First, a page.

Wolf Parade (EP 4) EP REVIEW

Wolf Parade EP 4 Score

It’s been over a decade since Apologies to the Queen Mary, Wolf Parade’s defining debut record, made waves at the height of the indie rock movement, encapsulating a time that would foreseeably never be recreated. In the time following, the landscape of music has changed, and with it too, have Wolf Parade. After the releases of At Mount Zoomer and Expo 86, both lying somewhat mediocrely in the aftermath of the debut, the band quietly deflated to the paralleled fall of the subgenre, dying, so to speak, with the birth of the 2010’s. But now, six years later, Wolf Parade have decreed a hasty rebirth with their fourth self-titled EP, a premature and unjustified declaration of returned cohesion and rejuvenated creativity.  Continue reading “Wolf Parade (EP 4) EP REVIEW”

Trans Day of Revenge EP REVIEW

Trans Day of Revenge Score

Where does our energy come from? Better hypothetical (and review introduction): Where does our energy come from in times of conflict? The routinely announced massacres and loss of innocence has hemorrhaged our ability to genuinely feel shock for the shocking. The flag residing at half mast has become a ceremony of expectations. And while America has been safer and less violent in recent years, the perceived safety and send of injustice is amplified. The voiceless haven’t found there voice, rather they’ve found the appropriate soap box from which to be heard. So when I feel bled of any feeling of loss, there still exists a mode of delivery where I can feel something, anything when I’m surround by the media’s parade of tragedy. Enter G.L.O.S.S.; the hardcore punk/d-beat outfit from Olympia, Washington. They emerge now, following up their astutely titled first EP Demo with Trans Day of Revenge, an heir to the long line of anarcho punk releases with an appropriate political backdrop. Continue reading “Trans Day of Revenge EP REVIEW”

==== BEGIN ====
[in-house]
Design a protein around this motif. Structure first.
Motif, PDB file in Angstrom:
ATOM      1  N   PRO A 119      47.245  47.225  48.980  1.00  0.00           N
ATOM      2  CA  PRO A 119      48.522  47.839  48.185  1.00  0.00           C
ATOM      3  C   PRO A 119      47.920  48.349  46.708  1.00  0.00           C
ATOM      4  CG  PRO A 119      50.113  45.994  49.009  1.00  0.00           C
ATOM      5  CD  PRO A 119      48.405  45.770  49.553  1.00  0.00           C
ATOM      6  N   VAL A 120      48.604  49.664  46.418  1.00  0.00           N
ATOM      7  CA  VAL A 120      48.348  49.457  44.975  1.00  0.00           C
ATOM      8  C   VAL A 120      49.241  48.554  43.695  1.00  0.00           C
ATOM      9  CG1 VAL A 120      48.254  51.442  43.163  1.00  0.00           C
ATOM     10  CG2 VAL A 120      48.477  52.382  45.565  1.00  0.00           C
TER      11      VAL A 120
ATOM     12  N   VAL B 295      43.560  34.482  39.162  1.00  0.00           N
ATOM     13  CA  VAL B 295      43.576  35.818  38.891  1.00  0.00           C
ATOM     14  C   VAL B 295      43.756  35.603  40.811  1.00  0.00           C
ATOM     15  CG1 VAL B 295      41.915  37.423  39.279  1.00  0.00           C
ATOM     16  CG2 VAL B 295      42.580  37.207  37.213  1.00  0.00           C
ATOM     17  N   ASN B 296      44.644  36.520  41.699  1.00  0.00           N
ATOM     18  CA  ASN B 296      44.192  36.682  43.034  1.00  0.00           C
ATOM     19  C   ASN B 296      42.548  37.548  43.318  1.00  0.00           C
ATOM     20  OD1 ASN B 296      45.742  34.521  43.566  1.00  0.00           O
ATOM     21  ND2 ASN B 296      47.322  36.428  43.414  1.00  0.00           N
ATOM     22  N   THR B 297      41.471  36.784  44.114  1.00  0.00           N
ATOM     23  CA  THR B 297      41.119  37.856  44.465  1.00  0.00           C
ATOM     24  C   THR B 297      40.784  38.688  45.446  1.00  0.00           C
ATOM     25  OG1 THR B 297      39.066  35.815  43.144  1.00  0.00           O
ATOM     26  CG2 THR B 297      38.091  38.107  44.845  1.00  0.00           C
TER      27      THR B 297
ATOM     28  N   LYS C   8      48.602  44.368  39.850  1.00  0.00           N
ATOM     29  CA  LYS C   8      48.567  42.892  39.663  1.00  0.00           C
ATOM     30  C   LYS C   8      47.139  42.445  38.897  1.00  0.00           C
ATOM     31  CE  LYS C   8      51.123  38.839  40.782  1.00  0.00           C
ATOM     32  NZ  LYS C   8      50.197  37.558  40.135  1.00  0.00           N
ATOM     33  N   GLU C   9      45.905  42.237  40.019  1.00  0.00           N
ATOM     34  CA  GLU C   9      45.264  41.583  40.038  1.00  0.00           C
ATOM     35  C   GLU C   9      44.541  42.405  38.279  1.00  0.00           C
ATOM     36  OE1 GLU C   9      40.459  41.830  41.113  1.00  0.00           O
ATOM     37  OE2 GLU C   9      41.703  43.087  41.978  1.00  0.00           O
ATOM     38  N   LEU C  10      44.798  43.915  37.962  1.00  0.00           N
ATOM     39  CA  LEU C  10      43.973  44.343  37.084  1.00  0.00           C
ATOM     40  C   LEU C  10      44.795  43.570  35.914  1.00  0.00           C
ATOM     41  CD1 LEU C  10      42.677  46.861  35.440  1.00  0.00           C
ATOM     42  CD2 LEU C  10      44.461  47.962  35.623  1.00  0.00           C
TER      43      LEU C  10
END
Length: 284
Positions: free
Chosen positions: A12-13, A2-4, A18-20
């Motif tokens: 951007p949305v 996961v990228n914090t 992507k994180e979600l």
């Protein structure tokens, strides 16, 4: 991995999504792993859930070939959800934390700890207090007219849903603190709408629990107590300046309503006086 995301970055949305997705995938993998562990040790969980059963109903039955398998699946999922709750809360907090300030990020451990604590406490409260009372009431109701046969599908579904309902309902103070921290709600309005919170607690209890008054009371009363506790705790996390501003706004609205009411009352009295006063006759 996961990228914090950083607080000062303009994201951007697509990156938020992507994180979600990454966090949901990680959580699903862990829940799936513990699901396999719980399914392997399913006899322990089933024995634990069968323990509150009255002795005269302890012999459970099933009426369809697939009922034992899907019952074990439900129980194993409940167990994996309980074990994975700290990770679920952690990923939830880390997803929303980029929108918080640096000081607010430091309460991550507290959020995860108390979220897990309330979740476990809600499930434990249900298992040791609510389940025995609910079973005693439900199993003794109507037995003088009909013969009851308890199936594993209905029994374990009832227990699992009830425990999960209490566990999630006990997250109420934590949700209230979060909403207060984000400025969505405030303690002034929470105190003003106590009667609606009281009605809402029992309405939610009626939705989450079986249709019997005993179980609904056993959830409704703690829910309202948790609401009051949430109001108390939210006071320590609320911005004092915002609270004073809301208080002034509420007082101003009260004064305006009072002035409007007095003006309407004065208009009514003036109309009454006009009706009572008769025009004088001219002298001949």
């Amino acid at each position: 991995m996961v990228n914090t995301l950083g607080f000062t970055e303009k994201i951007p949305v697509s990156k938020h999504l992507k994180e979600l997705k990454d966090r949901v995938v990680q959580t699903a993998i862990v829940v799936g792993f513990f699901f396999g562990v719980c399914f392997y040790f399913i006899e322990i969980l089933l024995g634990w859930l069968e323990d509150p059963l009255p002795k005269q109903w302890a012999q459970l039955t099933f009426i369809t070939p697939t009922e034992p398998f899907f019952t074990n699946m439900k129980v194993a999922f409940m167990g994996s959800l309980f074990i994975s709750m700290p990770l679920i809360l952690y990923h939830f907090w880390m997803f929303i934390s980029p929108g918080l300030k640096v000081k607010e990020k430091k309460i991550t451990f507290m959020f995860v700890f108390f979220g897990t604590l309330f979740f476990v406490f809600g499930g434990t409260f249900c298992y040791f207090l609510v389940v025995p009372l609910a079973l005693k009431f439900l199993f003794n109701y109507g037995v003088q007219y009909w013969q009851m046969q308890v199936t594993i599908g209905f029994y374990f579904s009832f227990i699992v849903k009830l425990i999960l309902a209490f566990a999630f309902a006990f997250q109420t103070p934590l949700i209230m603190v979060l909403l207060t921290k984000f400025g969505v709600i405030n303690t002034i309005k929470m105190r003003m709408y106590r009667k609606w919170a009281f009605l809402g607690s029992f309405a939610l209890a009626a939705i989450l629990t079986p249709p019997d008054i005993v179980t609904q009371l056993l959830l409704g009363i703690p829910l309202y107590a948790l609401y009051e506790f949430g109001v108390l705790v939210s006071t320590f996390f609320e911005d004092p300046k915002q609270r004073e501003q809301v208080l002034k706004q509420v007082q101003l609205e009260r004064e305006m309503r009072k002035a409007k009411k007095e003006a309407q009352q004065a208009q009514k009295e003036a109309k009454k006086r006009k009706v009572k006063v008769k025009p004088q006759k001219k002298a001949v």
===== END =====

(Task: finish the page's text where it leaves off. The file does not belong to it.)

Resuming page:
Collect ALBUM REVIEW

Collect Score

Collect calls are dying, a bygone of the era of fax machines and telephone booths; something your parents dealt with that faded against the digital age; the social and communication equivalent of balancing your checkbook. Somewhere out there are people with a romanticized view of all of these outdated technologies, clinging to a simpler world that, to them, moves too fast, leaving them far, far behind. Somewhere out there, too, are people that have moved beyond what they once clung to, overcompensating with a flawed understanding of the now. In a way, 18+ paradoxically represent both of these schools of thought regarding the then and the nowContinue reading “Collect ALBUM REVIEW”

HOPELESSNESS ALBUM REVIEW

HOPELESSNESS Score

Hope there’s someone who’ll take care of me,

When I die, will I go?

For ANOHNI, née Antony Hegarty, half-measures are useless. For many fans of the songstress, the first words they ever heard did not question if death was a reality, but how her reality revolved around death. Her existence was postmortem; her songs detailed the observations and expressions of someone who connected to that existence. Every baroque ballad was soulfully examining sorrow to a degree that is as harrowing as it is difficult to imitate. Coupled with a completely singular voice that amalgamates the pain of the beatniks of the new millennium, Hegarty established herself as an auteur of chamber pop for the better part of the 2000’s. But again, ANOHNI has never been one for half-measures. For every crooning tune she created, a societal ill or political affair became a focus that she steadfastly riposted. Music was just a means for the marginalized to gain a voice. And HOPELESSNESS is not just the voice of the marginalized, it’s the recount of every transgression and abusive relationship the world can have with an individual who’s as perpetually heartbroken as ANOHNI.  Continue reading “HOPELESSNESS ALBUM REVIEW”

Wildflower ALBUM REVIEW

Wildflower Score

How do you judge a feeling? They’re spontaneous, eclipsing rationality, hushing away the logical side of our sense of being. Though it’s those exact lapses in judgment that define who we are; what really gets us going and spurs that unexplainable emotional resonance that makes us excited. It’s a telling sign of what’s made someone happy in the past and what makes him or her happy now. For a lot of music fans, that core of individualism, the one that emits the unexplainable, soul-defining warmth, is a necessity in finding an album they deem a favorite. It’s that very same pseudo-science that makes Since I Left You so easy to love and so difficult to judge: much of it’s built around the idea of feeling the music, something that works harmoniously against the album’s soulful tone and even more so given how long it’s had to settle in the minds and hearts of fans.  Continue reading “Wildflower ALBUM REVIEW”